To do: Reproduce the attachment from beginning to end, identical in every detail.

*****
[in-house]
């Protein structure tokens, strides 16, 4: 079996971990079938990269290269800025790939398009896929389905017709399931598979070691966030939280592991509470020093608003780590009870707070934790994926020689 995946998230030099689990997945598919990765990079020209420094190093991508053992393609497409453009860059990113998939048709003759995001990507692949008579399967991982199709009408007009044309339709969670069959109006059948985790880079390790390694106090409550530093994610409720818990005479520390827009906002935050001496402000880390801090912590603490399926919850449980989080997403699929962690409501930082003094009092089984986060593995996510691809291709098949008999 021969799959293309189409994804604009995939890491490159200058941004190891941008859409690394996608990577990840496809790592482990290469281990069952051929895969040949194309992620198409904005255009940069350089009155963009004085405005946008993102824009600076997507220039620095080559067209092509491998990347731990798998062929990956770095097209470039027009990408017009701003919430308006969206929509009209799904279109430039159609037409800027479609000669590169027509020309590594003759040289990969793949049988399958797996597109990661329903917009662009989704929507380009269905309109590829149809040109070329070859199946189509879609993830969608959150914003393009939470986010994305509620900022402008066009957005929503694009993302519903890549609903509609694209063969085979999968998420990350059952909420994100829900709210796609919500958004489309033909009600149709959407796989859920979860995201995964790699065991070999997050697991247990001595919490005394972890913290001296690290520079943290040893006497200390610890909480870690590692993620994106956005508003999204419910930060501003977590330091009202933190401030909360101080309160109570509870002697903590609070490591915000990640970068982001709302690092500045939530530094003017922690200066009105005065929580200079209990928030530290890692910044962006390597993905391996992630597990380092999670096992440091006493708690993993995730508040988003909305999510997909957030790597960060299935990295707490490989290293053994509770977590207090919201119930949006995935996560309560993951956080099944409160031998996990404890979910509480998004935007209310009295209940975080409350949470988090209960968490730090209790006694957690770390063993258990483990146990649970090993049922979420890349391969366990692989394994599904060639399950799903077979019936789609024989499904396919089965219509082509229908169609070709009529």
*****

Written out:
[in-house]
């Protein structure tokens, strides 16, 4: 079996971990079938990269290269800025790939398009896929389905017709399931598979070691966030939280592991509470020093608003780590009870707070934790994926020689 995946998230030099689990997945598919990765990079020209420094190093991508053992393609497409453009860059990113998939048709003759995001990507692949008579399967991982199709009408007009044309339709969670069959109006059948985790880079390790390694106090409550530093994610409720818990005479520390827009906002935050001496402000880390801090912590603490399926919850449980989080997403699929962690409501930082003094009092089984986060593995996510691809291709098949008999 021969799959293309189409994804604009995939890491490159200058941004190891941008859409690394996608990577990840496809790592482990290469281990069952051929895969040949194309992620198409904005255009940069350089009155963009004085405005946008993102824009600076997507220039620095080559067209092509491998990347731990798998062929990956770095097209470039027009990408017009701003919430308006969206929509009209799904279109430039159609037409800027479609000669590169027509020309590594003759040289990969793949049988399958797996597109990661329903917009662009989704929507380009269905309109590829149809040109070329070859199946189509879609993830969608959150914003393009939470986010994305509620900022402008066009957005929503694009993302519903890549609903509609694209063969085979999968998420990350059952909420994100829900709210796609919500958004489309033909009600149709959407796989859920979860995201995964790699065991070999997050697991247990001595919490005394972890913290001296690290520079943290040893006497200390610890909480870690590692993620994106956005508003999204419910930060501003977590330091009202933190401030909360101080309160109570509870002697903590609070490591915000990640970068982001709302690092500045939530530094003017922690200066009105005065929580200079209990928030530290890692910044962006390597993905391996992630597990380092999670096992440091006493708690993993995730508040988003909305999510997909957030790597960060299935990295707490490989290293053994509770977590207090919201119930949006995935996560309560993951956080099944409160031998996990404890979910509480998004935007209310009295209940975080409350949470988090209960968490730090209790006694957690770390063993258990483990146990649970090993049922979420890349391969366990692989394994599904060639399950799903077979019936789609024989499904396919089965219509082509229908169609070709009529």